Highlights of the week
One Day Trip Efes - Selçuk

One Day Trip Efes - Selçuk

Today we’re in Selçuk, which has witnessed many different periods of history...

A Day Full of History

A Day Full of History

There are many historical buildings that deserve to be seen in the center of İzmir.

The House of Virgin Mary

Christians believe that after Jesus' crucifixion, the Virgin Mary came to Selçuk with his apostle St. Jean and spent the last years of her life here. That is why the House of the Virgin Mary is considered one of the holy places of pilgrimage.

Following the visions of a German nun, Catherina Emmerich, a group of Lazarist priests discovered the house in 1891. The house was restored in the 1950s and Vatican named it a sacred place of pilgrimage in 1952. Today, the building belongs to the Mother Mary Association.

The house received visits from Pope Paul VI in 1967 and Pope John Paul II in 1979, which strengthened the belief that Virgin Mary lived and died in Ephesus. This site has become a frequent destination for pilgrims, since the image of the Virgin Mary is venerated not only by Christians but also by Muslims. A special mass is held each 15 August and attracts numerous visitors.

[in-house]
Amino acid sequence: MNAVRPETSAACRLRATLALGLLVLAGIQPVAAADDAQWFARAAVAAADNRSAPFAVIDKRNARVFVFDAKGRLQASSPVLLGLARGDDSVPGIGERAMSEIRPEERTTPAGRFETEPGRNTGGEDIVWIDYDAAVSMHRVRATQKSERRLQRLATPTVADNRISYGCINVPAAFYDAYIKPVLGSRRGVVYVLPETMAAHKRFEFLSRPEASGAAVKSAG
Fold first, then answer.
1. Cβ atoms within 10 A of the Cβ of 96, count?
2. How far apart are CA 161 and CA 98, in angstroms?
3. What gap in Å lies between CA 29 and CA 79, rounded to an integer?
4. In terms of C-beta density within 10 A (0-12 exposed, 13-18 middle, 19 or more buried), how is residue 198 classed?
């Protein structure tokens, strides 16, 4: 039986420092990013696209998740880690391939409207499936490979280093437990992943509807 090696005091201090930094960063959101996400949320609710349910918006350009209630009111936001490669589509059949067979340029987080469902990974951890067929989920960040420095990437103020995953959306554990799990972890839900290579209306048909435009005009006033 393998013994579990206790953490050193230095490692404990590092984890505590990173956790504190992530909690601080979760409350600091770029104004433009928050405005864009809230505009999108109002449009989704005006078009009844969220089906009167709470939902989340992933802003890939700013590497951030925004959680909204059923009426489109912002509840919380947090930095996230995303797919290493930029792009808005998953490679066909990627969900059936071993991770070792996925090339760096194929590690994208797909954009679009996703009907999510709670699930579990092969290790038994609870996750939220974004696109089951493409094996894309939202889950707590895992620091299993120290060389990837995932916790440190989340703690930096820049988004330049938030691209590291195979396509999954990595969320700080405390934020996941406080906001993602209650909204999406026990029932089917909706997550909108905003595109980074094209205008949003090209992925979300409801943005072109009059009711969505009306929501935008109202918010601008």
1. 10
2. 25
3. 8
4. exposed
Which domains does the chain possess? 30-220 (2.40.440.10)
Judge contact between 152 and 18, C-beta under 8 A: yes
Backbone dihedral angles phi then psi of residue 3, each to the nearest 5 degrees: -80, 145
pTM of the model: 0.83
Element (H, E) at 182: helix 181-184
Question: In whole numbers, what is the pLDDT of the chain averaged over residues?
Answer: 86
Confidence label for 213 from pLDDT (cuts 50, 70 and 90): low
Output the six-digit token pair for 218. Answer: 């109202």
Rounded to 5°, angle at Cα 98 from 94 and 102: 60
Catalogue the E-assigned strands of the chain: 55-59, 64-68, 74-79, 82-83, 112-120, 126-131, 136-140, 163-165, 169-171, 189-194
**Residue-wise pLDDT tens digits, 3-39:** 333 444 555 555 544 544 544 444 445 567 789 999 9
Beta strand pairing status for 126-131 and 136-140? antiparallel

Selected Content
Selçuk: A treasure of history and a paradise of nature
Selçuk: A treasure of history and a paradise of nature

Thanks to its cultural and historical values, Selçuk is one of the leading tourism destinations in Turkey. The ancient city of Ephesus is just one of the historic districts that make İzmir elite worldwide because of its cultural assets. The first settlement in this district adorned with historical textures dates back nearly eight thousand years.

Architectural Sites
Architectural Sites

İzmir has been a fascinating city since ancient times. “They established their city under the most beautiful sky and in the best climate we know on earth.” said Herodot about it. Aristotle told Great Alexander that he’d be incomplete if he didn’t see İzmir. Victor Hugo, the great author, wrote poems for İzmir, and called it a ‘princess.’